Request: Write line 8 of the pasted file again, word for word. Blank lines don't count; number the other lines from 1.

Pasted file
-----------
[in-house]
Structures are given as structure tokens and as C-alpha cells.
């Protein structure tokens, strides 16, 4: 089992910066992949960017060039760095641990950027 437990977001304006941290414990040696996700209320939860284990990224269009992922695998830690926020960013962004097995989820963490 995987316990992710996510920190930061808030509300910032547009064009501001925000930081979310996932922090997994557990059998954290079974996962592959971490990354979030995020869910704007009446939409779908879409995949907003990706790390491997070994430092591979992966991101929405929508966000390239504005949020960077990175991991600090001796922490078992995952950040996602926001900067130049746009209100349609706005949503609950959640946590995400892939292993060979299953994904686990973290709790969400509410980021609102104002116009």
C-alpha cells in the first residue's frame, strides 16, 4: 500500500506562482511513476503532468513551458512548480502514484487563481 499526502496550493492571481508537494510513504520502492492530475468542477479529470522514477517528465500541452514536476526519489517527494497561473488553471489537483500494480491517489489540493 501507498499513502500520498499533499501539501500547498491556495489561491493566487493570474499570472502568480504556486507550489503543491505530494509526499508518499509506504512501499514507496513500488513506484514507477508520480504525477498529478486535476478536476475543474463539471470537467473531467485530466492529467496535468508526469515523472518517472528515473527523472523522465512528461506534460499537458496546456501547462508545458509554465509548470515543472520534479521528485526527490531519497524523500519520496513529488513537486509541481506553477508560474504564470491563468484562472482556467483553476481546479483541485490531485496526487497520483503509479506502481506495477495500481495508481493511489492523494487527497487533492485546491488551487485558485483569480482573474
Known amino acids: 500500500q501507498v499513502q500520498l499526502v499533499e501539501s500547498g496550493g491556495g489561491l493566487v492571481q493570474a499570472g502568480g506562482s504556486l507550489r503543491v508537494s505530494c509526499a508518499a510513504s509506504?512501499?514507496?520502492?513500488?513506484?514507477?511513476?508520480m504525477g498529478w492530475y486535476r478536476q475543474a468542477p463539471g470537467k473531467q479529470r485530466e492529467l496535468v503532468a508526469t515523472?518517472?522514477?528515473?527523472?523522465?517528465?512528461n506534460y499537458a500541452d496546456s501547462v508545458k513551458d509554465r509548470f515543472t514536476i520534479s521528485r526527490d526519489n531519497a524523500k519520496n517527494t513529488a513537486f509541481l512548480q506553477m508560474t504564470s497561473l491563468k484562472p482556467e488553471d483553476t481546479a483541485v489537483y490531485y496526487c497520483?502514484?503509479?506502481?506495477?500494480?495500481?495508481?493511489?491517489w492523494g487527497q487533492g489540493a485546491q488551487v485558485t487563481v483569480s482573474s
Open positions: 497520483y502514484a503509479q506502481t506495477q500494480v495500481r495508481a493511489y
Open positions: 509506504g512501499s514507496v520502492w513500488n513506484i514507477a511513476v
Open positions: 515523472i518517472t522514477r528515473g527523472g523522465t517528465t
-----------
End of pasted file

Open positions: 515523472i518517472t522514477r528515473g527523472g523522465t517528465t